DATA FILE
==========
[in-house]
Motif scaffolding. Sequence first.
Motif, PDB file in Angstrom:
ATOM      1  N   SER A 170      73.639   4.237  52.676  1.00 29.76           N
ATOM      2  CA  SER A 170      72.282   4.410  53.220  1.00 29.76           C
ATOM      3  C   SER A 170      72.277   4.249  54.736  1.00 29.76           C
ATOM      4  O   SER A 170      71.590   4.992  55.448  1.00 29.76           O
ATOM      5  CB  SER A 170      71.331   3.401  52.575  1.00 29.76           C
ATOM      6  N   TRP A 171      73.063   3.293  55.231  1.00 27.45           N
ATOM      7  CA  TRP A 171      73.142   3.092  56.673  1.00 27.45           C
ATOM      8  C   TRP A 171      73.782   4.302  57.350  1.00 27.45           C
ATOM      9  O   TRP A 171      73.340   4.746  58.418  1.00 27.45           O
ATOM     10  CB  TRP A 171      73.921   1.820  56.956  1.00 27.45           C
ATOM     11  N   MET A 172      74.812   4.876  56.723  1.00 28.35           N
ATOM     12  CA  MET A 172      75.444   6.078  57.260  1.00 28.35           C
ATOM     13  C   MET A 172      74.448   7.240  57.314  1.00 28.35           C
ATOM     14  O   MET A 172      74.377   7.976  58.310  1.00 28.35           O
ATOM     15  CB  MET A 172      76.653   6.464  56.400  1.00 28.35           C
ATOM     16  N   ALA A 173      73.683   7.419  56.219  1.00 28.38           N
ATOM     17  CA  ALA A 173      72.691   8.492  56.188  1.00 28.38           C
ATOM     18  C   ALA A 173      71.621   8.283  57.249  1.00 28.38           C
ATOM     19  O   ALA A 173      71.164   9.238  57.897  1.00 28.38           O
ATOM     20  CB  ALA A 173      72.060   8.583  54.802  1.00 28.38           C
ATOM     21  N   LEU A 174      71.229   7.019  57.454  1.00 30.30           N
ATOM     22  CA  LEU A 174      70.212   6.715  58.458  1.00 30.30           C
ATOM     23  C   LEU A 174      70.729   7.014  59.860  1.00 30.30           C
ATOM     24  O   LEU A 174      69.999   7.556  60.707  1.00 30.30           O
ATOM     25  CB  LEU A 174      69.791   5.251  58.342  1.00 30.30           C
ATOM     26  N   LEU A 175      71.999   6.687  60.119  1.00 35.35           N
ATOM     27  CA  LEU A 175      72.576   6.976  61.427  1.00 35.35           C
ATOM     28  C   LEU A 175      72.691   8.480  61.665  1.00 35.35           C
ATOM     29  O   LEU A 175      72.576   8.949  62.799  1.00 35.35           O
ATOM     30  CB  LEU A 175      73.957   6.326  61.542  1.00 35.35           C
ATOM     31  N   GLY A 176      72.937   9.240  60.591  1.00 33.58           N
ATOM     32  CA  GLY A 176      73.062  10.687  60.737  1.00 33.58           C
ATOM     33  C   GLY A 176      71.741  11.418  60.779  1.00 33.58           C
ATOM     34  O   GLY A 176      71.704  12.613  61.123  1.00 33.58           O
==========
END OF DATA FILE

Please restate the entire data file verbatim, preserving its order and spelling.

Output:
[in-house]
Motif scaffolding. Sequence first.
Motif, PDB file in Angstrom:
ATOM      1  N   SER A 170      73.639   4.237  52.676  1.00 29.76           N
ATOM      2  CA  SER A 170      72.282   4.410  53.220  1.00 29.76           C
ATOM      3  C   SER A 170      72.277   4.249  54.736  1.00 29.76           C
ATOM      4  O   SER A 170      71.590   4.992  55.448  1.00 29.76           O
ATOM      5  CB  SER A 170      71.331   3.401  52.575  1.00 29.76           C
ATOM      6  N   TRP A 171      73.063   3.293  55.231  1.00 27.45           N
ATOM      7  CA  TRP A 171      73.142   3.092  56.673  1.00 27.45           C
ATOM      8  C   TRP A 171      73.782   4.302  57.350  1.00 27.45           C
ATOM      9  O   TRP A 171      73.340   4.746  58.418  1.00 27.45           O
ATOM     10  CB  TRP A 171      73.921   1.820  56.956  1.00 27.45           C
ATOM     11  N   MET A 172      74.812   4.876  56.723  1.00 28.35           N
ATOM     12  CA  MET A 172      75.444   6.078  57.260  1.00 28.35           C
ATOM     13  C   MET A 172      74.448   7.240  57.314  1.00 28.35           C
ATOM     14  O   MET A 172      74.377   7.976  58.310  1.00 28.35           O
ATOM     15  CB  MET A 172      76.653   6.464  56.400  1.00 28.35           C
ATOM     16  N   ALA A 173      73.683   7.419  56.219  1.00 28.38           N
ATOM     17  CA  ALA A 173      72.691   8.492  56.188  1.00 28.38           C
ATOM     18  C   ALA A 173      71.621   8.283  57.249  1.00 28.38           C
ATOM     19  O   ALA A 173      71.164   9.238  57.897  1.00 28.38           O
ATOM     20  CB  ALA A 173      72.060   8.583  54.802  1.00 28.38           C
ATOM     21  N   LEU A 174      71.229   7.019  57.454  1.00 30.30           N
ATOM     22  CA  LEU A 174      70.212   6.715  58.458  1.00 30.30           C
ATOM     23  C   LEU A 174      70.729   7.014  59.860  1.00 30.30           C
ATOM     24  O   LEU A 174      69.999   7.556  60.707  1.00 30.30           O
ATOM     25  CB  LEU A 174      69.791   5.251  58.342  1.00 30.30           C
ATOM     26  N   LEU A 175      71.999   6.687  60.119  1.00 35.35           N
ATOM     27  CA  LEU A 175      72.576   6.976  61.427  1.00 35.35           C
ATOM     28  C   LEU A 175      72.691   8.480  61.665  1.00 35.35           C
ATOM     29  O   LEU A 175      72.576   8.949  62.799  1.00 35.35           O
ATOM     30  CB  LEU A 175      73.957   6.326  61.542  1.00 35.35           C
ATOM     31  N   GLY A 176      72.937   9.240  60.591  1.00 33.58           N
ATOM     32  CA  GLY A 176      73.062  10.687  60.737  1.00 33.58           C
ATOM     33  C   GLY A 176      71.741  11.418  60.779  1.00 33.58           C
ATOM     34  O   GLY A 176      71.704  12.613  61.123  1.00 33.58           O